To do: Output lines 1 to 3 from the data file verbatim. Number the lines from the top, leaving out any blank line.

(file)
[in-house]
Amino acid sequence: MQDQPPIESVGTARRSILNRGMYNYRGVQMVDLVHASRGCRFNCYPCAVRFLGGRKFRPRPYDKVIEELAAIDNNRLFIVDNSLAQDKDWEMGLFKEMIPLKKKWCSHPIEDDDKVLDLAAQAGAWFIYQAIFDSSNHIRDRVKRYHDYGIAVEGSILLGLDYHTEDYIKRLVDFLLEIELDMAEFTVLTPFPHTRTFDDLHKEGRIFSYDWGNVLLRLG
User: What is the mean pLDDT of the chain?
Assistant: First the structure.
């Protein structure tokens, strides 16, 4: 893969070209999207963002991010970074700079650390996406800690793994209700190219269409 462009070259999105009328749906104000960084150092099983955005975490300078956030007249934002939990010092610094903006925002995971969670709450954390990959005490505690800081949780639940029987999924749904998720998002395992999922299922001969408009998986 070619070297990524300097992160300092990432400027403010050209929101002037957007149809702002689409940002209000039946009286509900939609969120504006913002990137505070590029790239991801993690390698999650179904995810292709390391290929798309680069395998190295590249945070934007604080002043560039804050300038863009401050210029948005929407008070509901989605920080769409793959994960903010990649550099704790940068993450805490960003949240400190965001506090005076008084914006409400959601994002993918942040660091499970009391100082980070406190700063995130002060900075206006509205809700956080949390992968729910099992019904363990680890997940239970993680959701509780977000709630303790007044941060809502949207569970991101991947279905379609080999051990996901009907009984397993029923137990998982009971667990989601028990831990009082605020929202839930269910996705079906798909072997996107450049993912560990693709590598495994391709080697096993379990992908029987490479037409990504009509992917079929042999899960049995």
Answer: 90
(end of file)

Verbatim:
[in-house]
Amino acid sequence: MQDQPPIESVGTARRSILNRGMYNYRGVQMVDLVHASRGCRFNCYPCAVRFLGGRKFRPRPYDKVIEELAAIDNNRLFIVDNSLAQDKDWEMGLFKEMIPLKKKWCSHPIEDDDKVLDLAAQAGAWFIYQAIFDSSNHIRDRVKRYHDYGIAVEGSILLGLDYHTEDYIKRLVDFLLEIELDMAEFTVLTPFPHTRTFDDLHKEGRIFSYDWGNVLLRLG
User: What is the mean pLDDT of the chain?